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A 21-year-old member asked:

what causes middle ear infection?

2 doctor answers10 doctors weighed in
Dr. Michael Olds
ENT and Head and Neck Surgery 32 years experience
Bacterial and viral : Ear infections are more common in children due to their anatomy and predisposition for upper respiratory infections. When the eustachian tube fails to maintain a neutral pressure relative to the outside world, the middle ear can accumulate fluid, siphon bacteria from the upper respiratory tract into the middle ear and an infection results. Eustachian tube swelling is often initiated with a virus.
Dr. James Ferguson
Pediatrics 46 years experience
Sequential event: This is the result of several things happening over a period of time. First, natural mucous from the walls inside the middle ear become trapped by a eustachian or drainage tube that has become blocked. Then normal throat or mouth germs get into the mucous & begin to multiply in great numbers due to the availability of nutrients.As the numbers increase, pain & fever often begin.

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A member asked:

Do colds lead to ear infections in children?

3 doctor answers5 doctors weighed in
Dr. Lisa Roberts
Pediatrics 23 years experience
Yes: Colds tend to precede the onset of an ear infection in children. This is because a cold causes fluid to develop in the middle ear, that at times may get infected by bacteria or viruses. Ways to decrease your baby's risk of ear infections are: 1) avoid smoke exposure, 2) try to limit pacifier use in those prone to ear infections, and 3) avoid having your baby drink milk laying down flat.
A 37-year-old member asked:

Is vibramycin (doxycycline) effective for respiratory infections?

1 doctor answer2 doctors weighed in
Dr. Joel Gallant
Infectious Disease 36 years experience
Generally not: Most respiratory infections are caused by viruses and should not be treated with antibiotics. Vibramycin (doxycycline) will treat some bacterial infections.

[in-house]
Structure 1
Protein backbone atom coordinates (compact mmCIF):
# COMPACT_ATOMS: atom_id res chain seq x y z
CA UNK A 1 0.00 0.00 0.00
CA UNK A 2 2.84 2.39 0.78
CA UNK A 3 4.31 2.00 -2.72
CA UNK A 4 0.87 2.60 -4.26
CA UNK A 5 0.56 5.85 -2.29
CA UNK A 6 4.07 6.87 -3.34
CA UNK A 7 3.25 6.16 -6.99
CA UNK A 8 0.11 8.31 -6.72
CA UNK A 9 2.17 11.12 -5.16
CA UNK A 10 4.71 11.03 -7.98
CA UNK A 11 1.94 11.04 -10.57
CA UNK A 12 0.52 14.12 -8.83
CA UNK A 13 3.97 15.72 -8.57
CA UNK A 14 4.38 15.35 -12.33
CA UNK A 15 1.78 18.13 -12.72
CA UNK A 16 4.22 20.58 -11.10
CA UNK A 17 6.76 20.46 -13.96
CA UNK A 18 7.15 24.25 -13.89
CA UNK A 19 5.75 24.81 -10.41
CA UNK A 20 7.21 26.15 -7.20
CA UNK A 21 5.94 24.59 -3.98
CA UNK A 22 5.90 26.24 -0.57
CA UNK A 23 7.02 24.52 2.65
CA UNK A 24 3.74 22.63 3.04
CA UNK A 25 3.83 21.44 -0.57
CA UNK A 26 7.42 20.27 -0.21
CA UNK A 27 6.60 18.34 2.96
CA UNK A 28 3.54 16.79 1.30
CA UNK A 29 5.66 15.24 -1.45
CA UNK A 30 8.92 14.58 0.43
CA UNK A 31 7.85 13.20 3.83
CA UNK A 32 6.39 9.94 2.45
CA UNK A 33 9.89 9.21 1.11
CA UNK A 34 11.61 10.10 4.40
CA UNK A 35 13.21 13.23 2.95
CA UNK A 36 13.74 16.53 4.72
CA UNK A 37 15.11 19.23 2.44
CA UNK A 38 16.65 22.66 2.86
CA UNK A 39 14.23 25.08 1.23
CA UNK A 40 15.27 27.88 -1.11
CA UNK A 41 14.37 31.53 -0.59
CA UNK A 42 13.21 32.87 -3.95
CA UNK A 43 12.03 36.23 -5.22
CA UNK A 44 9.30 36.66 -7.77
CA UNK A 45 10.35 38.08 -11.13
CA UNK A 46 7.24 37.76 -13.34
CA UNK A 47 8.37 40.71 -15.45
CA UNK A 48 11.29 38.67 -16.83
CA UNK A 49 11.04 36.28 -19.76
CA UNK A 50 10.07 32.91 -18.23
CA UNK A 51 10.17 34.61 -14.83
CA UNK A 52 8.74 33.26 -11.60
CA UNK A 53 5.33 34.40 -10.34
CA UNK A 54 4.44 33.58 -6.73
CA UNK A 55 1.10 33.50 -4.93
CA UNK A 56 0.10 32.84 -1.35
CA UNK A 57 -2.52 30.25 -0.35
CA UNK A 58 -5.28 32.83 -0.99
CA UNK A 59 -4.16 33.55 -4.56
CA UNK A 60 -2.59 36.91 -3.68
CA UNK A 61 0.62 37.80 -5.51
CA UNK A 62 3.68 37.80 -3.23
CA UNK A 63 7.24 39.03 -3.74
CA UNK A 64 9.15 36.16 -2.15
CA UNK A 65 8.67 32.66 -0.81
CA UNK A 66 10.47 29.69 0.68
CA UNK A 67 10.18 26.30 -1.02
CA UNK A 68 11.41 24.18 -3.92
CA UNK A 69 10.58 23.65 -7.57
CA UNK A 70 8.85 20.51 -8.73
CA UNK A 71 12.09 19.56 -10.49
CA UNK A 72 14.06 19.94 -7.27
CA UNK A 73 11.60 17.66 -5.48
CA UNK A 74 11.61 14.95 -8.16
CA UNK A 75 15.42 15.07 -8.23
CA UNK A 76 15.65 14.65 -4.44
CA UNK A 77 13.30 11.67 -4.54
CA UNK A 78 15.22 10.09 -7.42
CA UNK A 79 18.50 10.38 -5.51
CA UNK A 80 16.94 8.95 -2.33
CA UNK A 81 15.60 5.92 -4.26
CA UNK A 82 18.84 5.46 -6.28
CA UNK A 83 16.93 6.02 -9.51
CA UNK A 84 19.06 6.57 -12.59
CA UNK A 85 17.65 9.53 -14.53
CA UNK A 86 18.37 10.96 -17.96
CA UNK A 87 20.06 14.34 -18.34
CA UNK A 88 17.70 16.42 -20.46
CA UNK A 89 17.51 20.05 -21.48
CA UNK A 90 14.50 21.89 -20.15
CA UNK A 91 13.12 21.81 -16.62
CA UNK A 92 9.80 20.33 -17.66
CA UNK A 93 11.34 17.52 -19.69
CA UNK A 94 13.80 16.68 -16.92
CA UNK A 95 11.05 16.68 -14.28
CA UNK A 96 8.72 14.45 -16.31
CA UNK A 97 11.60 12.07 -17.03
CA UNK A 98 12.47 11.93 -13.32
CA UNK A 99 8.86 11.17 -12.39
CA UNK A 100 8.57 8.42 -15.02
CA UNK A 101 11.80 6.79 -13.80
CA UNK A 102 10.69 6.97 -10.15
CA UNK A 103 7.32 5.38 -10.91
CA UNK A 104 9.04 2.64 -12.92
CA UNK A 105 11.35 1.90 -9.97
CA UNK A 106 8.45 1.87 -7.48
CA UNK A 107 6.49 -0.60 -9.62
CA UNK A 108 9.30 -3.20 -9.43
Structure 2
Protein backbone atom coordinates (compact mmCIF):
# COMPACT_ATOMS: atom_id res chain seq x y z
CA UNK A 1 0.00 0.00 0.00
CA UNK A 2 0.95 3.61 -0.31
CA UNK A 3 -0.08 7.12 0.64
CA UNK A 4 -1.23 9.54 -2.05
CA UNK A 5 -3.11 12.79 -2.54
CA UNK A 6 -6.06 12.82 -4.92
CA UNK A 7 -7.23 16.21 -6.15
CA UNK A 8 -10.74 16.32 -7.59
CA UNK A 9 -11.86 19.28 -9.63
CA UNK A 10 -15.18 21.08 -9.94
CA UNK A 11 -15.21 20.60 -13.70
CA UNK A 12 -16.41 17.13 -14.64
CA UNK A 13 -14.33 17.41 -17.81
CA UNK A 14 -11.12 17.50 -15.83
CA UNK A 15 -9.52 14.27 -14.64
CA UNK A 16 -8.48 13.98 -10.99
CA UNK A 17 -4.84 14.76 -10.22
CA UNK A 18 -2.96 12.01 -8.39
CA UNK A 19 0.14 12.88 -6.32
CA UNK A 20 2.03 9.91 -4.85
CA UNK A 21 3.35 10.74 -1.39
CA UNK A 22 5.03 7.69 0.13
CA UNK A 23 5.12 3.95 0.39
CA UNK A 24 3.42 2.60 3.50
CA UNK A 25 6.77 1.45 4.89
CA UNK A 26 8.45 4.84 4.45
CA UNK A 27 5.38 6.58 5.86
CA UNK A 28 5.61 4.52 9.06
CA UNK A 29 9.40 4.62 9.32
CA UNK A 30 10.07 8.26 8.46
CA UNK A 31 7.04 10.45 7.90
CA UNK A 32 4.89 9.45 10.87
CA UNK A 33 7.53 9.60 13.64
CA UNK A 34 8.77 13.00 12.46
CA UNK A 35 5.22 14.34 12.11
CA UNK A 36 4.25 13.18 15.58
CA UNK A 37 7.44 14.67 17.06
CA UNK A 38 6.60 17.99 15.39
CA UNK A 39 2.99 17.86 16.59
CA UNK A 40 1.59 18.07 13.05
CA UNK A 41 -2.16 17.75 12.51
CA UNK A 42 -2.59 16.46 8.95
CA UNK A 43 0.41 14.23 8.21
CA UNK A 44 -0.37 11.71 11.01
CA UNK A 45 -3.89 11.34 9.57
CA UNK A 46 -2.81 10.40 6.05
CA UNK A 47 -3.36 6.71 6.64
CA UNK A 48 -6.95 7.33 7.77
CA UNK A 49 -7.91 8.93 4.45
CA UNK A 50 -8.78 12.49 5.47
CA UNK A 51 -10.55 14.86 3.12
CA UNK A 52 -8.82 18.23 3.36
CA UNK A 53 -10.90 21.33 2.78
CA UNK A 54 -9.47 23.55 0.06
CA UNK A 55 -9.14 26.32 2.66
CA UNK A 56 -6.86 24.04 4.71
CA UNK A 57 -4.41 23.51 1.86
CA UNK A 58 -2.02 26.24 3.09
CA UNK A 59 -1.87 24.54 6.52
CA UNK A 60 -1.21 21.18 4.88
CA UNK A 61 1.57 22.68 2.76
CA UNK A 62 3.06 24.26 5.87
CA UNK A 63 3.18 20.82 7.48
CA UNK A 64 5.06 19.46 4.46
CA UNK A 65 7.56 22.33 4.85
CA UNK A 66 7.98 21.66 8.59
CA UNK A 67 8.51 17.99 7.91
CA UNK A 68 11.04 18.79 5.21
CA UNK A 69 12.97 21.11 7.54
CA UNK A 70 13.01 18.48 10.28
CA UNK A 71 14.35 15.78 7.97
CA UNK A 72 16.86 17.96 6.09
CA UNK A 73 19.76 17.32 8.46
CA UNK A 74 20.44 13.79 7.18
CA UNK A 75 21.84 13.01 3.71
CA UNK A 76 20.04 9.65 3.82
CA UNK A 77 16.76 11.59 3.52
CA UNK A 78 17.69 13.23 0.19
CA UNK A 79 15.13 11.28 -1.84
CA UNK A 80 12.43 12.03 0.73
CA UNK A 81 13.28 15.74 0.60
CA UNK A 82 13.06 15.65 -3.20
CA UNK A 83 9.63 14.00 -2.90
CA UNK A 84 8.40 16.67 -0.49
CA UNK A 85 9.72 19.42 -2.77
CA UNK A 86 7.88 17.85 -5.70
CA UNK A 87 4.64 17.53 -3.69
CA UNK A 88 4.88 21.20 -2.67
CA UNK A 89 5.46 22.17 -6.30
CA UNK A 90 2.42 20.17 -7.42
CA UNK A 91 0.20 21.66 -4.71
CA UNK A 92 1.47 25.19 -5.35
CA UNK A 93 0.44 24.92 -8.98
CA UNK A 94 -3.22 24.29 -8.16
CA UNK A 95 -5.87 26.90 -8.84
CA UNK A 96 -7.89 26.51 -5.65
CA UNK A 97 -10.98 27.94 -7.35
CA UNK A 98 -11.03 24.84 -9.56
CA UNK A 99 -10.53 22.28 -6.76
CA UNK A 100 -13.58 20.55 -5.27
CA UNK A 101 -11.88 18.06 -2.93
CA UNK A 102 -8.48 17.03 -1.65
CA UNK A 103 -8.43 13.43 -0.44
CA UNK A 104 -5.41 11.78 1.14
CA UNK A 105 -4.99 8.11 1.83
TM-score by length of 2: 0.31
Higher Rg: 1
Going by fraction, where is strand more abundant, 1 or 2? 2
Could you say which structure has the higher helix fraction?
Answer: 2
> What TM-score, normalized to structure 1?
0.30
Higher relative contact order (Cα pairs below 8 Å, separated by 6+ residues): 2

A 53-year-old female asked:

I suffer with chrohns and I have a colostomy and the skin around the stoma burns so bad that it brings tears to my eyes. Do you have any suggestions?

2 doctor answers5 doctors weighed in
Dr. David Wishnew
Wound care 42 years experience
Peristomal wound: When i see a patient who has difficulties with peristomal wound or pain, i generally try to ascertain cause. Usually, if there is no underlying pathology, the skin is irritated by the adhesive. Using a hydrocolloid dressing beneath the adhesive may reduce the difficulties.
A member asked:

Thick nasal mucus - I have to blow my nose very hard to get the plug feeling out, it is commonly very thick, white (not clear). Should I be concern?

1 doctor answer1 doctor weighed in
Dr. Jeffrey Pollard
ENT and Head and Neck Surgery 21 years experience
Thick nasal mucus: Thick nasal mucus can be related to sinusitis, but not necessarily. If you have chronic allergies or recurrent infections you should consult a doctor who can identify if there is an opportunity to improve nasal inflammation with sprays or treat infection with antibiotics. You may benefit from good nasal hygiene as well which involves using salt water rinses to clear mucus and allergens.
A 25-year-old member asked:

Can bronchitis and an upper respiratory tract infection elevate liver function?

1 doctor answer2 doctors weighed in
Dr. Nela Cordero
Pediatrics 54 years experience
AURI: Auri is respiratory tract infection and bronchitis, elevation of liver enzymes and functions involve the GI tract or system.

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Last updated Sep 28, 2016
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